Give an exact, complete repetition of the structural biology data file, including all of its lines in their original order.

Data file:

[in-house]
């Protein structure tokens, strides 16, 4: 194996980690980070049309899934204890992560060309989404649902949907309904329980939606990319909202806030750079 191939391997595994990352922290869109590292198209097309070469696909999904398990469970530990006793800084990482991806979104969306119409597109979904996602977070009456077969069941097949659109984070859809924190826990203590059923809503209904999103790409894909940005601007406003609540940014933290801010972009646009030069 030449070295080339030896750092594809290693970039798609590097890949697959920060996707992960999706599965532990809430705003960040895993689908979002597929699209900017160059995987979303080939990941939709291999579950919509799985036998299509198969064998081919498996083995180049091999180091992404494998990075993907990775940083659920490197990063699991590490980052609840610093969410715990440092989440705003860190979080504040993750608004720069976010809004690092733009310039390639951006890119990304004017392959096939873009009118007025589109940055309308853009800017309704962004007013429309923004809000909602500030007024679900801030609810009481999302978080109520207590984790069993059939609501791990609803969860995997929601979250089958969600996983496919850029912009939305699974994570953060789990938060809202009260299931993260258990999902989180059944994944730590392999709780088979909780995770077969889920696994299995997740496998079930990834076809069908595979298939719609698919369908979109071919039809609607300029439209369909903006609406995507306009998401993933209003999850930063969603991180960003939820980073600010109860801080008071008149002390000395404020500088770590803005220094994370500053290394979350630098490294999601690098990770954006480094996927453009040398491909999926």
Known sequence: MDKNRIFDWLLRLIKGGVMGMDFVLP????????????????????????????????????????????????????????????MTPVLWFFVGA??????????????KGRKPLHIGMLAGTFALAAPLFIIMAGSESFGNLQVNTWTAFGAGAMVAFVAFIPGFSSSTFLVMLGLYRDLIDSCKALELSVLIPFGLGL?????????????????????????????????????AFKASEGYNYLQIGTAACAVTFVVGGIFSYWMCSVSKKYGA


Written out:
[in-house]
């Protein structure tokens, strides 16, 4: 194996980690980070049309899934204890992560060309989404649902949907309904329980939606990319909202806030750079 191939391997595994990352922290869109590292198209097309070469696909999904398990469970530990006793800084990482991806979104969306119409597109979904996602977070009456077969069941097949659109984070859809924190826990203590059923809503209904999103790409894909940005601007406003609540940014933290801010972009646009030069 030449070295080339030896750092594809290693970039798609590097890949697959920060996707992960999706599965532990809430705003960040895993689908979002597929699209900017160059995987979303080939990941939709291999579950919509799985036998299509198969064998081919498996083995180049091999180091992404494998990075993907990775940083659920490197990063699991590490980052609840610093969410715990440092989440705003860190979080504040993750608004720069976010809004690092733009310039390639951006890119990304004017392959096939873009009118007025589109940055309308853009800017309704962004007013429309923004809000909602500030007024679900801030609810009481999302978080109520207590984790069993059939609501791990609803969860995997929601979250089958969600996983496919850029912009939305699974994570953060789990938060809202009260299931993260258990999902989180059944994944730590392999709780088979909780995770077969889920696994299995997740496998079930990834076809069908595979298939719609698919369908979109071919039809609607300029439209369909903006609406995507306009998401993933209003999850930063969603991180960003939820980073600010109860801080008071008149002390000395404020500088770590803005220094994370500053290394979350630098490294999601690098990770954006480094996927453009040398491909999926």
Known sequence: MDKNRIFDWLLRLIKGGVMGMDFVLP????????????????????????????????????????????????????????????MTPVLWFFVGA??????????????KGRKPLHIGMLAGTFALAAPLFIIMAGSESFGNLQVNTWTAFGAGAMVAFVAFIPGFSSSTFLVMLGLYRDLIDSCKALELSVLIPFGLGL?????????????????????????????????????AFKASEGYNYLQIGTAACAVTFVVGGIFSYWMCSVSKKYGA